Chairs and mats were set up under the big jack fruit tree which awarded the deepest shade in the middle of the day and they was a slight breeze blowing from the rice fields at the far end of the family’s land. Nile beer wasn’t available in the village but Eagle was. Eagle is a much stronger lager with a higher percentage alcohol so it went straight to my head! My litre and a half bottles of water were readily available to dilute the beer! Not to actually dilute the beer but to drink alongside it as with the heat of the day the affects would be increased.

One of the girls came and washed the hands of the two tiny tots who then plunged their hands into a shared bowl of rice. We had just settled down to eat when the first clap of thunder was heard. The sky turned a menacing black and the wind was getting up, which I have learnt are sure signs that trouble is ahead. And sure enough big spots of rain which broke the hard packed mud started hammering down getting heavier and heavier! The response was immediate. Even the younger children picked up what they could and rushed to shelter but regardless of our speed all of us got a soaking. It felt really good to me but quite but the others were quite chilled!

Mum Monica and two other ladies went back into the little thatched kitchen where they were cooking a mountain of food! They can usually only afford a very limited diet, basically whatever grows in the garden but I had given Alex money for our Christmas fare and it looked as if she had got a lot for my money, including a crate of soda and a few beers! I am never allowed to help the ladies in the kitchen so I sit around like Lady Muck being waited on hand and foot by the many young family members!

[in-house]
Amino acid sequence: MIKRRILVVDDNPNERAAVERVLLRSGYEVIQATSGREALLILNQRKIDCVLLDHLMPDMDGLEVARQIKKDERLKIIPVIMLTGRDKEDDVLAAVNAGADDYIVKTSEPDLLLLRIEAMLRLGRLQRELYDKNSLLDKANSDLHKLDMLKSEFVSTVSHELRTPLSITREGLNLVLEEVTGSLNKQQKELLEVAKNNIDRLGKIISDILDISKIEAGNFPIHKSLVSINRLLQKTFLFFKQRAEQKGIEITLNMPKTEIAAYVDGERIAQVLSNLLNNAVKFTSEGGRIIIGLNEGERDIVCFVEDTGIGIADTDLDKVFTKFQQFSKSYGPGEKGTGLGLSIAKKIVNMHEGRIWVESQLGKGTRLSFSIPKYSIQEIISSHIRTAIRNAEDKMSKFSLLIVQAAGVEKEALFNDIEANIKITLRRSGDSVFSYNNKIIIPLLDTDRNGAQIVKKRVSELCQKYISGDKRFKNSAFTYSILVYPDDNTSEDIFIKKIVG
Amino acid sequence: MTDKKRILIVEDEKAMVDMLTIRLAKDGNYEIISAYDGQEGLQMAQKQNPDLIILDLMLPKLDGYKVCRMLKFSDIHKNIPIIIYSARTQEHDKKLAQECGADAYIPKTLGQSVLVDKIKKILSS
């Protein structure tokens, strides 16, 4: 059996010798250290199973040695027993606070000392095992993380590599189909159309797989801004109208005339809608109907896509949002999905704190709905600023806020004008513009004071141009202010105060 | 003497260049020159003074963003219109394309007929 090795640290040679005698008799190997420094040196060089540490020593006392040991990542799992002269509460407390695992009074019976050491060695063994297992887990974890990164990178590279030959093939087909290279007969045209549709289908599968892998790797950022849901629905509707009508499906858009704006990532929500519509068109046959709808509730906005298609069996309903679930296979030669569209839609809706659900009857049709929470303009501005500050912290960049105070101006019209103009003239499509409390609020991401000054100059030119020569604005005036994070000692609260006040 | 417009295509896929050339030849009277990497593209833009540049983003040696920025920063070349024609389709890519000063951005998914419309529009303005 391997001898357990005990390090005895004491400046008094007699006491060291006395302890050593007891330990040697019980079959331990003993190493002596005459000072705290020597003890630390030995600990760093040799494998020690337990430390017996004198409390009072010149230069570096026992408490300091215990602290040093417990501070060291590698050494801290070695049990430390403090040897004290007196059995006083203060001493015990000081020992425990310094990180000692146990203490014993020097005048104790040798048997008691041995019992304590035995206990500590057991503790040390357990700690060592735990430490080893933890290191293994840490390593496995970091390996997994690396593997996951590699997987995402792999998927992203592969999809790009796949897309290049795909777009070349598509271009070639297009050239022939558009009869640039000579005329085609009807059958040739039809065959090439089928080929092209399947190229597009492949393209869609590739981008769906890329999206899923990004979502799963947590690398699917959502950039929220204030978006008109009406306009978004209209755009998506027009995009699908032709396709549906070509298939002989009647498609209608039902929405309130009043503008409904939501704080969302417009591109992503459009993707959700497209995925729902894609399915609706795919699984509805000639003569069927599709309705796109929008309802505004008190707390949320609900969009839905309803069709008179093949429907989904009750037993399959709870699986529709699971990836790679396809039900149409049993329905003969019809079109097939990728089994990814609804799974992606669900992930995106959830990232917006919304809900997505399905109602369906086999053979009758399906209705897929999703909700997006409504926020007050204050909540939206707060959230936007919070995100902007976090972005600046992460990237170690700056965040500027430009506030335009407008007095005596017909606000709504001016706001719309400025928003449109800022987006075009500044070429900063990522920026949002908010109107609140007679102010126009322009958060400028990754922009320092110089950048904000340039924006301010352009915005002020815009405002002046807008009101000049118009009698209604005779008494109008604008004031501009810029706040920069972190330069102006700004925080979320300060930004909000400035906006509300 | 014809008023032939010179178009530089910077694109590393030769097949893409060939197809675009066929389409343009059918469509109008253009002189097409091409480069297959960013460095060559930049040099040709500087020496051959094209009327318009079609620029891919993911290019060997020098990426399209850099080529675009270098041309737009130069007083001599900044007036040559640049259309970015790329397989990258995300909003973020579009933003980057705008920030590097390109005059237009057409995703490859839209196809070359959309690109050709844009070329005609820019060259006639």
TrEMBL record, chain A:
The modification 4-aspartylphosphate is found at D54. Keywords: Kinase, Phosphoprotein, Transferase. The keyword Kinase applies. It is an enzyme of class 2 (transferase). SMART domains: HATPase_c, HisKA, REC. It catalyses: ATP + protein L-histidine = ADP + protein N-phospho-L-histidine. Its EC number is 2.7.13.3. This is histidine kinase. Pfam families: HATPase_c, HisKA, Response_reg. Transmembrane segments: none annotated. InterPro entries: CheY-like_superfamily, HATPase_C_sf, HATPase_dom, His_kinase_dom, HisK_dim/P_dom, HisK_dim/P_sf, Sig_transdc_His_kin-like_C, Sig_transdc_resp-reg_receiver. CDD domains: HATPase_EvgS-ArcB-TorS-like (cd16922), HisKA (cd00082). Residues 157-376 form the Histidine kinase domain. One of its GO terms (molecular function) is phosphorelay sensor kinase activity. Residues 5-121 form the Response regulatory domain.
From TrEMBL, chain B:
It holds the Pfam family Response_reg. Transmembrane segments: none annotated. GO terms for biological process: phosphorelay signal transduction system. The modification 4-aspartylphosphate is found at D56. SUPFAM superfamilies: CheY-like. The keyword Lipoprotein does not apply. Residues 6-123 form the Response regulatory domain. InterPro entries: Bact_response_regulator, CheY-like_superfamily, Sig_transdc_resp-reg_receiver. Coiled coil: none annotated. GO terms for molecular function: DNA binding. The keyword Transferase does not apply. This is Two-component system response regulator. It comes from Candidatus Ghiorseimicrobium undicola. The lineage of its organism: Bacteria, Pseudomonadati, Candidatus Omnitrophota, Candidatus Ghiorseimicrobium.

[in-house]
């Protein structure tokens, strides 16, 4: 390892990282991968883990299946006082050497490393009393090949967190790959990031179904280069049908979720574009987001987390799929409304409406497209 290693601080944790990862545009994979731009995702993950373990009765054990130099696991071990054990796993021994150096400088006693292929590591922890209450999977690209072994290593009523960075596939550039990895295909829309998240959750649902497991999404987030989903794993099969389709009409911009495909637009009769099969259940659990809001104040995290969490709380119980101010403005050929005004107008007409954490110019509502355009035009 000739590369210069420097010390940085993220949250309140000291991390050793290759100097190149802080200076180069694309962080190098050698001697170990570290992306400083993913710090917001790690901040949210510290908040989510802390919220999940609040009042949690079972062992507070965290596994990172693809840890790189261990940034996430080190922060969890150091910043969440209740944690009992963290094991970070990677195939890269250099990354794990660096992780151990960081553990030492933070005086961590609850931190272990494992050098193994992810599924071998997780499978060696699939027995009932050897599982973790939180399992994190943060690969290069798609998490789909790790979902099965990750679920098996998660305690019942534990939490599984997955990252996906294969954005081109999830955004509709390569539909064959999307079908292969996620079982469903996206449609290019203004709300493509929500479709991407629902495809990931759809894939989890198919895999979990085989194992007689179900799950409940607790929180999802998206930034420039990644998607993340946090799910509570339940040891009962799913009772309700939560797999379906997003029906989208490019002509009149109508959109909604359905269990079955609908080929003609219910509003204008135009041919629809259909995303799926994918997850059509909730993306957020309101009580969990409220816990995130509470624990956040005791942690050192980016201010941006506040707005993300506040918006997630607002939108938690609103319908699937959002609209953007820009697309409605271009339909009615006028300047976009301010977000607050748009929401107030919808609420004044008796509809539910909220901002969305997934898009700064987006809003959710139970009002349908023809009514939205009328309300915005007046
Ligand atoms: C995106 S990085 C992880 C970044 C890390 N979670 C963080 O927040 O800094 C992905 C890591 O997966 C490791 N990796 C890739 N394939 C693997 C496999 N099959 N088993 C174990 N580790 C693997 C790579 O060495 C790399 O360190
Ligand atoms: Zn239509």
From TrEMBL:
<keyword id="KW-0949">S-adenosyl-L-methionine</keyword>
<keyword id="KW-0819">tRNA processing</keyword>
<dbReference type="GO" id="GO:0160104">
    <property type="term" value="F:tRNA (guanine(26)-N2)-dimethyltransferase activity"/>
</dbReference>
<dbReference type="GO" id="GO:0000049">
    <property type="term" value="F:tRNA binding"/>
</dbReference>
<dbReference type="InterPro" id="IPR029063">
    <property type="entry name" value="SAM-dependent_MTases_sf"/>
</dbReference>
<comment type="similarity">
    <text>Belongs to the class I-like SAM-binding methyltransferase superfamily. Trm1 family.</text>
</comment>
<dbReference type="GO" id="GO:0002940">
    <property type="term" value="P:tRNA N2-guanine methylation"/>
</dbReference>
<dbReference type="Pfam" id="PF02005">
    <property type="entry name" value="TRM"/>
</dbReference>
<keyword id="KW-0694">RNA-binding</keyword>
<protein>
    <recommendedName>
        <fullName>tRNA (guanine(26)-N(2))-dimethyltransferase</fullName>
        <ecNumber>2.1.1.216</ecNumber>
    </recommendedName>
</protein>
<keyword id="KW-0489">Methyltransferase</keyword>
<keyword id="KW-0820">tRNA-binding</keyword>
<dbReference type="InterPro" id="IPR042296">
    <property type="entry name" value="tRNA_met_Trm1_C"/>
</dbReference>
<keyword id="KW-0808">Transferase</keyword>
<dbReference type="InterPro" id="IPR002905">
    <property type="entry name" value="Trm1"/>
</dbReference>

I played with the little ones who were not scared of me and spent time talking to the older brothers finding out what they had been up to since I saw them last year. Mike and Bosco both achieved ‘A’ level and had had a few casual jobs but like many other young people the world over found there was lack of permanent positions. They never give up trying, and between jobs return to the village to help their mum in the fields which she needs asthere is only their young step brother Emma at home now.

Paul, the youngest ‘direct’ brother, is fifteen and will be taking his ‘O’ levels next October. When my friend Godfrey, who I am staying with for a few days over the New Year, found him hungry and alone in his homestead he brought him to his own home in Jinja and contacted us. His eldest brothers had left Paul in the care of neighbours when we had offered to send them back to school but the neighbours couldn’t cope so he was abandoned. My family could not afford to take on more school fees but when I asked my Uganda Email friends, just like you, if anyone could help Paul, one very kind lady Sue offered to sponsor him.

When he started school in 2008 he could not speak English, read or write but was a quick learner and soon was coming near the top of his class. Unfortunately, when I read his latest report card it told a very different story. I do know he has been off for two periods because of eye infections but he is also going through ‘that awkward stage’ as his tutor Benjamin told me when I met up with him recently.

Benjamin is confident that Paul will succeed if he just buckles down, so let’s hope so! Paul is very grateful to his first sponsor Sue and now to Annick, Kim, Angela and my husband who have taken over the sponsorship. He knows we are giving him this chance to get a good education and has promised to work very hard next year.

I will be out in Uganda again in Feb/March 2016 when his results come out so I hope we have something to celebrate!